Pastor changing the way evangelicals think about public life
Colorado Springs – Ted Haggard still wakes each morning at dawn to read the Bible. His core beliefs haven’t changed. He believes this city is special, a new Jerusalem. He believes in the power of prayer, that prophets still exist, that evangelism is the answer.
He thinks of himself as a local church pastor first, even though his newfound prominence has placed him in the company of presidents and on the pages of national news magazines, singled out as a powerful new voice of evangelical Christianity.
Haggard tells himself over and over that influence is on loan. In an instant, it could be gone. The men he moves with now – Tony Blair, Ariel Sharon – know it too, he believes. Being a preacher, Haggard believes his influence is on loan from God.
He intends to use it now, while he can, to transform the way evangelical Christians think about their engagement in public life, even if it means occasionally breaking ranks with a president he admires and calling out his peers when they misstep.
Haggard, 49, has used his charisma and vision to revive a floundering organization called the National Association of Evangelicals, a group of churches, denominations and ministries representing 30 million people.
He got there not through the standard path of heading a denomination but by starting New Life Church in his basement and building it into a 12,000-strong congregation whose success spawned a network of like-minded churches.
Broadening the agenda
As evangelical Christians have become a vital voting bloc, Haggard has become a go-to person for politicians seeking to measure how that constituency thinks. He takes part in weekly White House conference calls.
Haggard’s range of interests, however, might come as a surprise. A staunch Republican, Haggard cares a great deal about abortion, gay marriage and the Supreme Court. But since taking over the NAE presidency in 2003, Haggard has pushed to broaden that vision. He has granted special status to the environment, which he believes Christians are biblically mandated to protect.
To that end, Haggard has parked his Chevy pickup in the barn and gets around town on a scooter.
“Our agenda should be broad because the Bible is broad – it’s 1,500 pages,” Haggard said in an interview inside his church’s new $18 million, 7,500-seat worship building, which opened in December. “The Bible says we’ve got to be concerned for the poor, about social justice, about the environment. We’d be foolish to reject that.”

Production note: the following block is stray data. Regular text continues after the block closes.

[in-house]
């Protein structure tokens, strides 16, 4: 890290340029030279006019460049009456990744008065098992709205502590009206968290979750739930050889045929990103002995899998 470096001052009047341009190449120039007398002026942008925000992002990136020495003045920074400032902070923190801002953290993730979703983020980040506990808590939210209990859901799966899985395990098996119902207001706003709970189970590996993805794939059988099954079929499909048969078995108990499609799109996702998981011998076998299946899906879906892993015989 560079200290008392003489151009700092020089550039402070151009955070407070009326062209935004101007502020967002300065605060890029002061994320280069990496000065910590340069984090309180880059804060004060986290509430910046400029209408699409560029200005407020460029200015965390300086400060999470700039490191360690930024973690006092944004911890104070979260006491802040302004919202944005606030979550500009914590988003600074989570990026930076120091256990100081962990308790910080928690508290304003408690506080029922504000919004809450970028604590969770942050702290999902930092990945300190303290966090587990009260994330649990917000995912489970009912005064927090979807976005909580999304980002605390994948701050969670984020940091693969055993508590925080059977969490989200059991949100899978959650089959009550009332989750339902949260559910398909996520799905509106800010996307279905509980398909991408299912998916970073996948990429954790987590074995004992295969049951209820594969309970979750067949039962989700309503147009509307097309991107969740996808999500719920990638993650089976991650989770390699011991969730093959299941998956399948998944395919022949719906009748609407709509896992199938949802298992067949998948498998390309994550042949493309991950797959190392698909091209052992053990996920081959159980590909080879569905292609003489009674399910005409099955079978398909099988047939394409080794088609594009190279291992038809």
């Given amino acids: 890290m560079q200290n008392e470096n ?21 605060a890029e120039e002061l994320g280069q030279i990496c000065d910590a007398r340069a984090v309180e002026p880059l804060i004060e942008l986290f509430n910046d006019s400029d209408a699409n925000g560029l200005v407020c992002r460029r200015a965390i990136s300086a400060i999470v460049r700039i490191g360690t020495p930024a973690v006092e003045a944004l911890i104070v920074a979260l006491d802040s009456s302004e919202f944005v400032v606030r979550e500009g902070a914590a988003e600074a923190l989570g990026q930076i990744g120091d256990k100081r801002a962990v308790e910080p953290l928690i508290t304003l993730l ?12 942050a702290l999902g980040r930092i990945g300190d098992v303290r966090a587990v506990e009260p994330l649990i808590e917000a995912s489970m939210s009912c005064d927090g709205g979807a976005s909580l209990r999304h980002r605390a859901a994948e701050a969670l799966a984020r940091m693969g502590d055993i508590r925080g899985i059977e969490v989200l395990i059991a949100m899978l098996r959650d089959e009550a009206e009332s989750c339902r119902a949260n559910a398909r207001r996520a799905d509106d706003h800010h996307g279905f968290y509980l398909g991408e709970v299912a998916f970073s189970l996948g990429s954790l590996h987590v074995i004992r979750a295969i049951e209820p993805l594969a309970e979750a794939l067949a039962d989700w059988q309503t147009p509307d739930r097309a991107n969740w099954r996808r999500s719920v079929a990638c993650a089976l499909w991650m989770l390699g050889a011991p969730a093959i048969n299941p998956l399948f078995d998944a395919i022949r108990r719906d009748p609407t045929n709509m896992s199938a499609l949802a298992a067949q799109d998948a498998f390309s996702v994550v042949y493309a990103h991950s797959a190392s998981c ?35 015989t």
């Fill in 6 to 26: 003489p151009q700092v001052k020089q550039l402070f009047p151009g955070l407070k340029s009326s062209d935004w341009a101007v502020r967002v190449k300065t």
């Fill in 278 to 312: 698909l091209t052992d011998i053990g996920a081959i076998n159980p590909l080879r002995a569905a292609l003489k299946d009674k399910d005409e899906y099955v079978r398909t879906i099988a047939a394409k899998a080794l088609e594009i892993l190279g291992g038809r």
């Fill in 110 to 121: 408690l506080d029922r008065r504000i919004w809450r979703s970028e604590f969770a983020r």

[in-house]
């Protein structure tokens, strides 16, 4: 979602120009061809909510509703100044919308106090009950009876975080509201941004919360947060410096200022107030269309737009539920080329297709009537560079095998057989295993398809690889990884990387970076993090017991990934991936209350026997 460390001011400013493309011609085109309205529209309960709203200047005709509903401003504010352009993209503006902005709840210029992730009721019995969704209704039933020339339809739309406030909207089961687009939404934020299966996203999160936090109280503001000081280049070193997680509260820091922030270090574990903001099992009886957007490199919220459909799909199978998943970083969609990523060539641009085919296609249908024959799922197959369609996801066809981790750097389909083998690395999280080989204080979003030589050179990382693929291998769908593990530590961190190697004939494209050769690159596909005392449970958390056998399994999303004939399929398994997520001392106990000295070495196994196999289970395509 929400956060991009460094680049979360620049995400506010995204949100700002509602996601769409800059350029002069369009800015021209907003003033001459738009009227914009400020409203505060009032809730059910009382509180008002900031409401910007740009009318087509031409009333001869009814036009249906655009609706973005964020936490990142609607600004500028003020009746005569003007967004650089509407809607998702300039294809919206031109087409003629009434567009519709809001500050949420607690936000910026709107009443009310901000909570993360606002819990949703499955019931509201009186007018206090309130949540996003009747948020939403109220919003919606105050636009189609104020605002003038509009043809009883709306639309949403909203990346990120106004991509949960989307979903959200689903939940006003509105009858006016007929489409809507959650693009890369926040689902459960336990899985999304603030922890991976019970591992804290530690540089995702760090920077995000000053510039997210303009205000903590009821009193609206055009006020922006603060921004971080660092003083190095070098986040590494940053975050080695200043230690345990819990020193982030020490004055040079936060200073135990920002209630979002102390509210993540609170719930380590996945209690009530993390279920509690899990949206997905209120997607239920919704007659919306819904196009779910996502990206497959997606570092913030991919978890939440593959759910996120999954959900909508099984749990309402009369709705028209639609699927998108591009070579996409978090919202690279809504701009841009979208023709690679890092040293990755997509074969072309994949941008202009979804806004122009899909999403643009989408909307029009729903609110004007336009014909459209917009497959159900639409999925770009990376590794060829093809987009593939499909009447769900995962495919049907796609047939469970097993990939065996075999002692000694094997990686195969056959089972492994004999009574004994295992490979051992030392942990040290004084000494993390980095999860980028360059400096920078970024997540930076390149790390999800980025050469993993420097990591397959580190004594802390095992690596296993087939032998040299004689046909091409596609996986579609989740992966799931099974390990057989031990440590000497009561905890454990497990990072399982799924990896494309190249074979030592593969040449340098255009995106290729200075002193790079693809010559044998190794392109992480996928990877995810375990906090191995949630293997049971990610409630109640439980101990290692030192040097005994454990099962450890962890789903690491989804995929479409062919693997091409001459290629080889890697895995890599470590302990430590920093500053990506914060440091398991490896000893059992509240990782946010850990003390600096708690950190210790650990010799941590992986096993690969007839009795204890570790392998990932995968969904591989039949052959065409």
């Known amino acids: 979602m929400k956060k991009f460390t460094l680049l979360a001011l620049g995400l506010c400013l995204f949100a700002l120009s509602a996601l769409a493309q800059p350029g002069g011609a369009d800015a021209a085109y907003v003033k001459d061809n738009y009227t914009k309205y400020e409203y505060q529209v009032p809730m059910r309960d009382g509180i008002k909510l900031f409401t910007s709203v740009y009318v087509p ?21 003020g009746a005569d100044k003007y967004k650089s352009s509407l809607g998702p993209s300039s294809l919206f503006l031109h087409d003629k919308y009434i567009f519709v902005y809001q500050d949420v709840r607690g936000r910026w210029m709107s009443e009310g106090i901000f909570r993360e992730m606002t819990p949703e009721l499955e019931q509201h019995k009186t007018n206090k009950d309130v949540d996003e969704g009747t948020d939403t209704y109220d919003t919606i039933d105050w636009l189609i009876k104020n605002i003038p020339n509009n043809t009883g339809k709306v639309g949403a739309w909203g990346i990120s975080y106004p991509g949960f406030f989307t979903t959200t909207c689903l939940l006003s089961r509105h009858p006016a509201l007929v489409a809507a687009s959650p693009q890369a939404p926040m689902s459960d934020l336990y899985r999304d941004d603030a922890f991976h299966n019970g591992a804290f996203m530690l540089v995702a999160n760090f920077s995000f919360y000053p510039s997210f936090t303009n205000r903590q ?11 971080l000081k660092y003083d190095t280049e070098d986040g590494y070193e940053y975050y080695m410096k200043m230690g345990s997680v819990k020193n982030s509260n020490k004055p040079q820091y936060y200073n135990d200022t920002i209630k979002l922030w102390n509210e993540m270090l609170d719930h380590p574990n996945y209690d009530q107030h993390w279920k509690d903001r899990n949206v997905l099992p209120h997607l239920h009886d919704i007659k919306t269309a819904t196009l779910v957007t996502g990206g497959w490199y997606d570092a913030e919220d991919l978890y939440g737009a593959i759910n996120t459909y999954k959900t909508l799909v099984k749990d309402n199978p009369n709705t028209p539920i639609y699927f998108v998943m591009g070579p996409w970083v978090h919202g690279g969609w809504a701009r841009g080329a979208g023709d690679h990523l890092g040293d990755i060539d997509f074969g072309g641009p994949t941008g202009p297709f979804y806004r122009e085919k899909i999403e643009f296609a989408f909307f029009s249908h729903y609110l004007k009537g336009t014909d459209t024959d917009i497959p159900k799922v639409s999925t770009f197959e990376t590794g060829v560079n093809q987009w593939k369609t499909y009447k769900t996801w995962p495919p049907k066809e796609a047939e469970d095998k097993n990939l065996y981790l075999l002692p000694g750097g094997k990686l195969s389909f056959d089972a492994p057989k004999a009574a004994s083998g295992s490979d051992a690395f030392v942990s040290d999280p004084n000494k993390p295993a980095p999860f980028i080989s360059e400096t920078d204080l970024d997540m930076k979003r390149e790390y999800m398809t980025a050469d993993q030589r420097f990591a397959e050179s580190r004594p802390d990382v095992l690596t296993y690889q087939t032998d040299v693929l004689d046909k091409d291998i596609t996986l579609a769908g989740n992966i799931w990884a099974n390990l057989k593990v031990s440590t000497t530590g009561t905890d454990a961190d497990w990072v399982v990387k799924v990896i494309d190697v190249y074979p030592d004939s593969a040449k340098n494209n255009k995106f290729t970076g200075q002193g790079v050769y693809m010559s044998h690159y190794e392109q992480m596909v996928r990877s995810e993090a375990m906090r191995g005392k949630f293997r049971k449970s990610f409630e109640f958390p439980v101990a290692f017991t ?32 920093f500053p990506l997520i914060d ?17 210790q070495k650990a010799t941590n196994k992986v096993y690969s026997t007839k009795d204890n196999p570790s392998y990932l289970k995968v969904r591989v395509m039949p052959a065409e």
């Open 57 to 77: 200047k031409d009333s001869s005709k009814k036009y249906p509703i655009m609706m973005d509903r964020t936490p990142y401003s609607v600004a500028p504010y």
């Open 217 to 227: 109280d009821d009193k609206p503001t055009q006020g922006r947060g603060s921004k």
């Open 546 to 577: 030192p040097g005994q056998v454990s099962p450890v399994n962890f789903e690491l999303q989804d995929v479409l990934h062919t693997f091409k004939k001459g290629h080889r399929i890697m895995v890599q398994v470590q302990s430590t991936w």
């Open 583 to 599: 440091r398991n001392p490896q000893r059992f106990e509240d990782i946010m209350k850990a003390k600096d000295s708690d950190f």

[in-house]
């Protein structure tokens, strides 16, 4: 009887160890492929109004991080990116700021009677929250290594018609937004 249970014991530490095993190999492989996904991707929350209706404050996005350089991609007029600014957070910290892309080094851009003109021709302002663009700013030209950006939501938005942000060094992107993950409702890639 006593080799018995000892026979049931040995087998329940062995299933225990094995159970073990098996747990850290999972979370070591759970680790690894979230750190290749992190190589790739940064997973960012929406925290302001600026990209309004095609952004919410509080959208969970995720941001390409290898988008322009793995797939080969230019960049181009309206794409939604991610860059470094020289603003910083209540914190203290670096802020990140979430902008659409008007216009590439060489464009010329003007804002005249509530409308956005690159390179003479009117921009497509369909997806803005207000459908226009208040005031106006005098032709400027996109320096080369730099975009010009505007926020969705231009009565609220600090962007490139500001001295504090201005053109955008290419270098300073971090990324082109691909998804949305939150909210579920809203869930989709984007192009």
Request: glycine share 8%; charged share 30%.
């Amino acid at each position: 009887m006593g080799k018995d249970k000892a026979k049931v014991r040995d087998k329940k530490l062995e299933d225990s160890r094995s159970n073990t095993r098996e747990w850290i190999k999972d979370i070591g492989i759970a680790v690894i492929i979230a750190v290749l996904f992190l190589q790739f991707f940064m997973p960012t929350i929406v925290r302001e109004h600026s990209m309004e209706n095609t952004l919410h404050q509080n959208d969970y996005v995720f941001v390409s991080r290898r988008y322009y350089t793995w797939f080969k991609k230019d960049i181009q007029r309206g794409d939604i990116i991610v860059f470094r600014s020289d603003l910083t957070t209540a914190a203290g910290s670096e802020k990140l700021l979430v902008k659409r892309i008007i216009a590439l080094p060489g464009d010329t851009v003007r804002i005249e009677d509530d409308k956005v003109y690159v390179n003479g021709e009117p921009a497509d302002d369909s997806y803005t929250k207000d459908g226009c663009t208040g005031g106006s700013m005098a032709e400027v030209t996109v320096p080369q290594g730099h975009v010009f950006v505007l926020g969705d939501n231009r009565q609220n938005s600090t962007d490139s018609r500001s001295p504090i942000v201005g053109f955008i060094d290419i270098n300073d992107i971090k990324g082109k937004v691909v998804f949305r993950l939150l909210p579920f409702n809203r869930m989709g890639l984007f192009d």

The wider emphasis has far- reaching consequences if U.S. evangelicals, estimated to make up anywhere between 10 percent and 25 percent of the electorate, take to the message. But it also is rife with conflict because some evangelical leaders and groups espouse narrower priorities.
“Haggard is an interesting figure because he represents this kind of middle way,” said John Green, a senior fellow at the Pew Forum on Religion and Public Life. “He’s in the position (of NAE president) because he’s influential, but he’s also gained influence by being in the position. He is an example of a new kind of evangelical leader.”
The son of an Indiana veterinarian and entrepreneur, Haggard is a charismatic Christian, an exuberant brand of evangelicalism that believes “spiritual gifts” in the Bible such as speaking in tongues, prophesy and healing are still possible. His faith system teaches that prayer can help reduce crime and lure new industry to town, that demons and angels are at work on Earth. Haggard traces part of his widescreen approach to evangelicalism to his days as a young man smuggling Bibles behind the Iron Curtain. There, he saw the divide along two borders between the poor and the wealthy, those who could worship according to their conscience and those who could not.
“I knew faith, economics and government have to combine to help people live a good life, that any one or two alone don’t give us enough,” Haggard said. “I have never thought the Gospel message was just the plan of eternal life. Our responsibility as Christians is we give our lives away for the good of others, and that has to include social justice, government, economic issues, caring for the poor and the oppressed.”
Haggard said he experienced the vision of New Life Church while fasting and praying on Pikes Peak.
In a confused time, Haggard’s conservative Christianity gives people a clear set of rules. But Sunday at New Life Church also offers the freedom to throw your hands up in the air if the spirit moves you, to dance in the aisles. There’s a big emphasis on youth and mission work.
Haggard’s philosophy of New Life Church is simple: to give people “purpose in their lives, answers to their problems and ways to keep their families together.”
Rather than retreating from pop culture, New Life embraces it, staging an Easter Passion Play with live animals and strobe lights – the flashier the better so New Lifers can invite their church-shy neighbors.
The church boasts a roster of more than 1,300 “small groups” that meet over how to train dogs, learn Russian or share tips on marriage.
“Innovation is just part of his personality,” said Todd Bassett, national commander of the Salvation Army. “He lights up a room with his enthusiasm.”
Those traits persuaded the NAE to elevate Haggard to the presidency in 2003. The alliance began bearing fruit last year when Haggard and 28 other evangelical leaders endorsed “creation care,” a strategy for environmental action that, most controversially, included a pledge to fight global warming.